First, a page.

12/01/2011 12:30 pm ET Updated Jan 31, 2012

Marking World AIDS Day

December 1 is World AIDS Day -- a time to honor friends and loved ones lost, reflect on the tremendous progress in our collective response, and to recommit ourselves to fighting this crisis.

This year marks 30 years after the first discovery of AIDS cases in the United States. The good news is that new HIV infections worldwide are at their lowest levels since 1997. Globally, our support through PEPFAR and the Global Fund is dramatically reducing the burden of HIV/AIDS in developing countries. In the United States, with the coordinated effort outlined in the National HIV/AIDS Strategy, we are making a significant difference. Additionally, recent scientific advancements have resulted in revolutionary breakthroughs with potential to reverse the epidemic in coming years.

While we have come a long way, we have much more work to do. Thirty-four million people are living with HIV globally, including 1.2 million in the United States. According to recent facts from the United Nations and the Centers for Disease Control and Prevention (CDC):

  • Of the 15 million people medically recommended for anti-retroviral medication worldwide, only half have access to the drug treatment.
  • In the United States, nearly 1 in 5 people with HIV (or 240,000 people) don't know they are infected. As a result, these individuals do not get the care that will help them stay healthy and prevent them from infecting others.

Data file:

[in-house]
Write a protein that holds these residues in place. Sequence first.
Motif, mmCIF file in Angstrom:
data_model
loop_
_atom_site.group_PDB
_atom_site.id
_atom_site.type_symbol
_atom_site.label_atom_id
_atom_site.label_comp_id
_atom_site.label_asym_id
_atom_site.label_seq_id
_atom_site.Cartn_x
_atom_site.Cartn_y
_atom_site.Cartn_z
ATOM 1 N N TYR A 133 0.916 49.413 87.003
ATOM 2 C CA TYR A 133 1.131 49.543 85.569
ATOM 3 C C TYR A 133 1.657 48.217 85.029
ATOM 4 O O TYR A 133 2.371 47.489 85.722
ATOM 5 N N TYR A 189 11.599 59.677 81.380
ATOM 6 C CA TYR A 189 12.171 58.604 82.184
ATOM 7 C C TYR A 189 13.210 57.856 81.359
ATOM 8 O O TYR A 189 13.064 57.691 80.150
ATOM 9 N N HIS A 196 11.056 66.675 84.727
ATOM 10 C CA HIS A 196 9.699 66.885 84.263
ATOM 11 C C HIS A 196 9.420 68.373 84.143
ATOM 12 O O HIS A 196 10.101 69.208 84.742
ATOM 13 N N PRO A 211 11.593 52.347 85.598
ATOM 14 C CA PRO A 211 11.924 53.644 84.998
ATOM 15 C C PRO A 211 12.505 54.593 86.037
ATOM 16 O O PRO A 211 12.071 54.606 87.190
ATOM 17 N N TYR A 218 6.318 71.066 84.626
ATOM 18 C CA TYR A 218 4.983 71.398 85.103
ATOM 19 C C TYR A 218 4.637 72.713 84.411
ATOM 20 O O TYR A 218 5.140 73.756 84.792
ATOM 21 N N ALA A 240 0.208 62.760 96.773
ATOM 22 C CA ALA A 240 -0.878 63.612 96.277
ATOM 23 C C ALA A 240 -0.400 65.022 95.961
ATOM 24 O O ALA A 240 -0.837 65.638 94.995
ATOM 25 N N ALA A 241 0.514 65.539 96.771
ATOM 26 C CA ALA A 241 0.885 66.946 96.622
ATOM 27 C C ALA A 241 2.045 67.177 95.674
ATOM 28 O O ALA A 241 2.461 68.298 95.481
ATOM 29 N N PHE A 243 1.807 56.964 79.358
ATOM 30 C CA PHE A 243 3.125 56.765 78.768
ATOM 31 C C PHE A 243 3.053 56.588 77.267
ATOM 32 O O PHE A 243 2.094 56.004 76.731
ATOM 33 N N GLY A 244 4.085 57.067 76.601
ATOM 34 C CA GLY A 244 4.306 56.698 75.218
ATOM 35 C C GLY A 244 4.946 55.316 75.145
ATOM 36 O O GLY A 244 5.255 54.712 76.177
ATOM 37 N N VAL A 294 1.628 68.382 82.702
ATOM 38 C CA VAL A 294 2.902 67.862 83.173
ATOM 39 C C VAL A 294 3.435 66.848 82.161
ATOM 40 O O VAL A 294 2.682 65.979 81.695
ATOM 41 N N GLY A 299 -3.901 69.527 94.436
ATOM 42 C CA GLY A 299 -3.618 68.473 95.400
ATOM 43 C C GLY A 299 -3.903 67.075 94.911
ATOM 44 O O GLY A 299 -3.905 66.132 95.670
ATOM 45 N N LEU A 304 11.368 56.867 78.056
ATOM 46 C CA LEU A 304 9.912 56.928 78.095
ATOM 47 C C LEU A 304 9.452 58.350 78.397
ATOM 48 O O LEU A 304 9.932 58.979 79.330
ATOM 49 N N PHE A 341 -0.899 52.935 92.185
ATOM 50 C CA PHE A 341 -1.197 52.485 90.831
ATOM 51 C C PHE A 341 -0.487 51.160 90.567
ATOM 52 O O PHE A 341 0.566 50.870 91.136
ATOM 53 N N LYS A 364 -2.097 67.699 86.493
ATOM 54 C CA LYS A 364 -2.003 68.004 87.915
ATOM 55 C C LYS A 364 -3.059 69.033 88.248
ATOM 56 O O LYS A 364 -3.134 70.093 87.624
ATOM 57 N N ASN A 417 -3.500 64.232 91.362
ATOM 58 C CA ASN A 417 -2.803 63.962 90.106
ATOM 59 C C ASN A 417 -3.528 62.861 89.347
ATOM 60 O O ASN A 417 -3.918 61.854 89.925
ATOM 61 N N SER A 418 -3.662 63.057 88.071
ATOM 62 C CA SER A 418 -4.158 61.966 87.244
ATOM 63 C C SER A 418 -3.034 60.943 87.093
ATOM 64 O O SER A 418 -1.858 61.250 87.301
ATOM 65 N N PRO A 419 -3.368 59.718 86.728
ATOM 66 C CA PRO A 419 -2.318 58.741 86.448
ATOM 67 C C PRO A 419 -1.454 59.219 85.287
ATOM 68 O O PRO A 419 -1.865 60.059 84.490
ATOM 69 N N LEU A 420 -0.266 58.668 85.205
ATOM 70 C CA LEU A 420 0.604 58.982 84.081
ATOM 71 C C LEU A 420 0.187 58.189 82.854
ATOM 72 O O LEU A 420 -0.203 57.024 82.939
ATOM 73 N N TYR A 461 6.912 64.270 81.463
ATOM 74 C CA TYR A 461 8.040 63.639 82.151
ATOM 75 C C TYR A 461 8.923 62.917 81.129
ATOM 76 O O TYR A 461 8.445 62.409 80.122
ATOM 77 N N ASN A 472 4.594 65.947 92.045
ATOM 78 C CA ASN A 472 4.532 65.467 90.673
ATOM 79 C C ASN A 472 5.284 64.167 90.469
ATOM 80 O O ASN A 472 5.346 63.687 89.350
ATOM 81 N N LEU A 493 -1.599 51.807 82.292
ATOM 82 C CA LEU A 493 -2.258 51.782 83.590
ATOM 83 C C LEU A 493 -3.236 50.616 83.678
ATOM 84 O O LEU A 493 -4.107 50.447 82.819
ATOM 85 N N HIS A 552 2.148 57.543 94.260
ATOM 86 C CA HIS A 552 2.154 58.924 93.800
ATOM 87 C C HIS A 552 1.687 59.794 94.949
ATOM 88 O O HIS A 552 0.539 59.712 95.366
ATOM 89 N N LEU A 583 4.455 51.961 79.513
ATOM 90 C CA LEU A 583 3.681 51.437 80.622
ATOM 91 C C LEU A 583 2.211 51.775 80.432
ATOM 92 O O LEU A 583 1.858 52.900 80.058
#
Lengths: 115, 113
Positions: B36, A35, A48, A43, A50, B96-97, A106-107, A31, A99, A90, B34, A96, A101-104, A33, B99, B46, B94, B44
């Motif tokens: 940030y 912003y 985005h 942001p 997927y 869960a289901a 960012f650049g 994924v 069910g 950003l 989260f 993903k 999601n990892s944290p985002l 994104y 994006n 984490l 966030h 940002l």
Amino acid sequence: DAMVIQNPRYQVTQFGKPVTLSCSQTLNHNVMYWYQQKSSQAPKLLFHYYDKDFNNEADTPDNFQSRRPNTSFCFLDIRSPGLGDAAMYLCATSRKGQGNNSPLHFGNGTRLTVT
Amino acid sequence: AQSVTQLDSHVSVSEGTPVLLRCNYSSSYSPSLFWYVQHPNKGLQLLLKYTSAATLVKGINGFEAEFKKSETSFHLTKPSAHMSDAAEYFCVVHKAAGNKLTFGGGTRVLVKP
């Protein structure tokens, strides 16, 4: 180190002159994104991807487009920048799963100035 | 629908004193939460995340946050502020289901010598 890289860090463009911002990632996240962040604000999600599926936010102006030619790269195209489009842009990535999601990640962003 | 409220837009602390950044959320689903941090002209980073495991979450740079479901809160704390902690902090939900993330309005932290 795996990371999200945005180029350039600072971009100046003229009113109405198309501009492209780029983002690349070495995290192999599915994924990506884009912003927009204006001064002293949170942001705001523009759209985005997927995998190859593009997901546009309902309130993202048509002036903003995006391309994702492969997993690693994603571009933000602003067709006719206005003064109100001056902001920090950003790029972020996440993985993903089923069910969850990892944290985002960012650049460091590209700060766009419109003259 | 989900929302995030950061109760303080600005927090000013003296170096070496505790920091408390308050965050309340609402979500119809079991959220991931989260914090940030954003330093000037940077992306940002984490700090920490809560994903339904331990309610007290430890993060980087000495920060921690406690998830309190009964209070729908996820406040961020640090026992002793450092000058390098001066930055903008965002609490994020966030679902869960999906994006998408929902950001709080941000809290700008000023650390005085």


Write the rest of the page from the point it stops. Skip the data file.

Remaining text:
• Communities of color and young gay and bisexual men face the most severe burden of HIV in the United States.

Our country's global leadership will never be more important than at this pivotal moment. For the first time in 20 years, the International AIDS Conference will be held in the United States from 22 to 27 July 2012 in Washington, DC. More than 25,000 participants and 2,000 journalists from approximately 200 countries are expected to convene at the conference.
I have encouraged my colleagues in the House and Senate to mark World AIDS Day this year by joining the bicameral, bipartisan Congressional HIV/AIDS Caucus, and to speak about the importance of supporting domestic and international HIV/AIDS programs.

For all Americans, I encourage you to know your HIV status. Get tested if you have not done so. Use social medial resources to spread the word about HIV testing. Wear a red AIDS awareness ribbon to honor those affected by HIV/AIDS.

I firmly believe in a future for America and the world that is more prosperous, and free of HIV and AIDS and working together, we WILL achieve that goal.

Barbara Lee
Member of Congress